The sheer mass of Locarno imports speaks volumes about how it has become a significant launch pad for filmmakers working outside the conventions of what the commercial marketplace expects from the standard festival movie, and even working outside the usual boundaries of what a fiction or non-fiction film actually is. Traditionally, while Locarno has always provided a safe harbor for these kinds of works, they tended not to travel. Things have changed, and the Locarno-Toronto connection is proof. The Last Time I Saw Macao playfully folds together elements of noir, romance and spy movie with the observational city film, while Leviathan’s audacious technique of letting tiny digital cameras loose on the deck of a sea-whipped fishing boat results in something like a “Deadliest Catch” episode gone hallucinogenic with horror movies, which is exactly what Castaing-Taylor thinks it is. The Walker places Tsai’s regular star Lee Kang-sheng in full (Buddhist monk) costume amidst actual Hong Kong streets, and observes what happens. Museum Hours utterly destroys the line between doc and narrative with characters (a Viennese museum guard, a Canadian visiting Vienna) on and off script, playing out a story in real “documentary” situations. Mekong Hotel shifts, as always for the Guy Named Joe, between magic, myth and a diary for larger filmmaking projects.
Ariane Labed in Athena Rachel Tsangari's The Capsule
This aggregate represents a signal of the future of cinema, the delivery of which is part of the reason why festivals exist in the first place. The fact that the work is on the road and crossing continents at a rapid pace speaks well for both Locarno and Toronto, but it also underlines that Toronto now has a more meaningful place for these films to land. A closer examination of the TIFF program reveals that a high percentage of the Locarno imports are in the newly expanded Wavelengths program, which now encompasses both its traditional avant-garde lineup as well as films which may have previously gone to the now-defunct Visions section. The changes have raised Wavelengths’ profile, particularly given the inclusion of movies like Leviathan and Macao that have garnered so much heat off of Locarno.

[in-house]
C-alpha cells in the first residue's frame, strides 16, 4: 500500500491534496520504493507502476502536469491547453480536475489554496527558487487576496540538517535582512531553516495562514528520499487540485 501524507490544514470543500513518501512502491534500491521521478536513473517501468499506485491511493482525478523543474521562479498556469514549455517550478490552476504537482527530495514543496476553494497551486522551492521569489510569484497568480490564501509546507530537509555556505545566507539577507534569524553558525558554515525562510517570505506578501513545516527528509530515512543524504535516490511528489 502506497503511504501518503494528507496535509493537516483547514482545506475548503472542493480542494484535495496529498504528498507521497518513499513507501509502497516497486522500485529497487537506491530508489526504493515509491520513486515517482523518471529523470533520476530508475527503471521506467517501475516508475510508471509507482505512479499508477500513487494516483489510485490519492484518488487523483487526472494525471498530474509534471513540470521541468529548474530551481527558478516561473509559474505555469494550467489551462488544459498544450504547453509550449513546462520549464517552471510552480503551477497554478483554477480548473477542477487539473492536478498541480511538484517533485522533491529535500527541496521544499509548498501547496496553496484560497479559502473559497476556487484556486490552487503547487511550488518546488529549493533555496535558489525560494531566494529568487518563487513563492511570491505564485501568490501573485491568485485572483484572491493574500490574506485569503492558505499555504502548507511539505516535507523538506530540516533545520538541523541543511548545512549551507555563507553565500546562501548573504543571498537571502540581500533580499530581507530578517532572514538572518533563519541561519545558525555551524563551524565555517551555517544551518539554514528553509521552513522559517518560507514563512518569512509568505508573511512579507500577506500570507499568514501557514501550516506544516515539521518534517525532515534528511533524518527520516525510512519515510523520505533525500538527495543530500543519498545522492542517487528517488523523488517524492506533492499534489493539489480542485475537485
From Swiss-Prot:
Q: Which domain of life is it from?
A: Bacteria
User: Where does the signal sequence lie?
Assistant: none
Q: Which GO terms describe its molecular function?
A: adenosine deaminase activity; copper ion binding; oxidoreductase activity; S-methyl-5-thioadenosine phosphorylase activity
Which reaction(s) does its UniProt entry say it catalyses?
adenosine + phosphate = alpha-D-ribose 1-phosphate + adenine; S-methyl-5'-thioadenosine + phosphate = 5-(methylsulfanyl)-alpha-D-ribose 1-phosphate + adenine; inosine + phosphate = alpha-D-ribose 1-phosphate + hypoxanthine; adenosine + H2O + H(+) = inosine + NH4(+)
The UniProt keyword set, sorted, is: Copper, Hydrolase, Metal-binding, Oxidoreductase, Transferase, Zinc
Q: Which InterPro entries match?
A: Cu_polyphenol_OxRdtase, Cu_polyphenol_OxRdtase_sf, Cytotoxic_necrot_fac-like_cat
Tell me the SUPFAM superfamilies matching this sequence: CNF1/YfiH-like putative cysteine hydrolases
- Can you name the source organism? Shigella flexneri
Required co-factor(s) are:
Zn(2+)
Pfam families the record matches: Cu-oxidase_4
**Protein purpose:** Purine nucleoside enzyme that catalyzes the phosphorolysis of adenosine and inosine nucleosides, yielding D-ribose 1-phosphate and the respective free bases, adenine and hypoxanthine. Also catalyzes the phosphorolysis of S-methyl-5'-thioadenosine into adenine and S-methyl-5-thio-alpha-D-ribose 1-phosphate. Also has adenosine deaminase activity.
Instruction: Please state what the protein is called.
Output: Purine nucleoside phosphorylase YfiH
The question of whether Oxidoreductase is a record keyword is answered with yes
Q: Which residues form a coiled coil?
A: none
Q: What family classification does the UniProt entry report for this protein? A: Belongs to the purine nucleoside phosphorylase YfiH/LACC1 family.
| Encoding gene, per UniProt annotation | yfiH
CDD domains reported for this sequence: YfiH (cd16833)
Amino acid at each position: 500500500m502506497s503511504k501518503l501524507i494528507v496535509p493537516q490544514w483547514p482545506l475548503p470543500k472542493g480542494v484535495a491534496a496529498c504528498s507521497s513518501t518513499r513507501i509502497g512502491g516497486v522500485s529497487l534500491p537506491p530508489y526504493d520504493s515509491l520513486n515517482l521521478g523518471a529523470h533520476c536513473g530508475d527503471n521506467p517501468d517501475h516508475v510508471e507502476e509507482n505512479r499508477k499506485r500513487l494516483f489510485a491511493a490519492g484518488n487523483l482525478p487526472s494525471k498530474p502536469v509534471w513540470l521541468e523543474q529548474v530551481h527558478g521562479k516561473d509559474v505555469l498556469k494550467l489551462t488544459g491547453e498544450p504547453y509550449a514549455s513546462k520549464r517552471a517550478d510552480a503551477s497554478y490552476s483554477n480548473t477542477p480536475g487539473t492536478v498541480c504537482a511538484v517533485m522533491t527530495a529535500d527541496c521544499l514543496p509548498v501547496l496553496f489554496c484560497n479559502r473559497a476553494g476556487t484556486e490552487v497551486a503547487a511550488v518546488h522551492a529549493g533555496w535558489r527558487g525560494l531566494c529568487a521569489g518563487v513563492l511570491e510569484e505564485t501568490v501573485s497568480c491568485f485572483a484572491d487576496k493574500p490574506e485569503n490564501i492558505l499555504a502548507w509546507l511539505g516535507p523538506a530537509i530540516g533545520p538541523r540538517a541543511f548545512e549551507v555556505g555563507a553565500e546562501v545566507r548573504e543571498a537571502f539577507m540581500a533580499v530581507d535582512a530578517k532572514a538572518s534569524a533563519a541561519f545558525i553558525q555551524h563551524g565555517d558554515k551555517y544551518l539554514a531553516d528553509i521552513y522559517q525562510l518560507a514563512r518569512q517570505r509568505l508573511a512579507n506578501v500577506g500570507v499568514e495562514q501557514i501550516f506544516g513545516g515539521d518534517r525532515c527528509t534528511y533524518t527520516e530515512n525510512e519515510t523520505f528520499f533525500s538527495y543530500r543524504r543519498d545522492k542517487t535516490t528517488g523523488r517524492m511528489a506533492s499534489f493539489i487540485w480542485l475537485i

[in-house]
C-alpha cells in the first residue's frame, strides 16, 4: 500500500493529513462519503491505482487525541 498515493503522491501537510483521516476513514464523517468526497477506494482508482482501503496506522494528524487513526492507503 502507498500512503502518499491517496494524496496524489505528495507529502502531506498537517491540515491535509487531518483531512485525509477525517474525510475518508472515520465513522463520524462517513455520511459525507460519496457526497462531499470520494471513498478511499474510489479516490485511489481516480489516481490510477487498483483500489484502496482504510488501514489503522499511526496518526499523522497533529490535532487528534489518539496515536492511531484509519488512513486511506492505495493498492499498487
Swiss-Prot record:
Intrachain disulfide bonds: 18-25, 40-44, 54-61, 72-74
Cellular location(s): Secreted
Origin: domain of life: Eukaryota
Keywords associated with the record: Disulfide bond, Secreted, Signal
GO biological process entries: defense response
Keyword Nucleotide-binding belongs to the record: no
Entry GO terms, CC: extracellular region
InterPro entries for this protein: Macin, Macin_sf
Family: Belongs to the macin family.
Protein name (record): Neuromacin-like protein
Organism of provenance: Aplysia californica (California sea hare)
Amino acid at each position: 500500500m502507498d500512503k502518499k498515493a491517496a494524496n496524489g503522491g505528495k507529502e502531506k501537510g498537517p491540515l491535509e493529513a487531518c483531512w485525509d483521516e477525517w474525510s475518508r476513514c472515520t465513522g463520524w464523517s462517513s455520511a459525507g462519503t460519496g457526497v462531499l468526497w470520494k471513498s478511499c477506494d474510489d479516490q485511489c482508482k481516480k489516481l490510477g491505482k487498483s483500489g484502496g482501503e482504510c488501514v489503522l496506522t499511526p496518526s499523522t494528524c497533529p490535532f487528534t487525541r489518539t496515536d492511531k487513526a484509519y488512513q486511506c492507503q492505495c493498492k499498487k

This doesn’t mean that TIFF programmers are simply cherry-picking off of Locarno’s program; in fact, that’s impossible, since TIFF’s program is locked before Locarno begins. As Wavelengths chief programmer Andrea Picard has pointed out to me, she’s paying attention during the year to the same kinds of films and filmmakers that the Locarno programmers are watching, so it doesn’t surprise that there ends up being notable overlap between the two.
Since the market is now such a dominant fact of life at a massive event like TIFF—which FIAPF, the International Federation of Film Producers, actually classifies as a “market”—the mere exhibition of the films in the Locarno-Toronto express is, in the eyes of some, not enough. That’s not the case for these eyes, since the act of exhibiting a film like Tsangari’s astonishing, gorgeous and somewhat blood-curdling (another horror movie!) The Capsule, which is too short for theatrical release anyway, is important enough. But a typical test of success in the TIFF environment is if some of these films will get picked up for North American distribution on multiple platforms. A new game now is to see when and if these films find a distribution home; it happened for Leviathan on Friday, so why not the rest?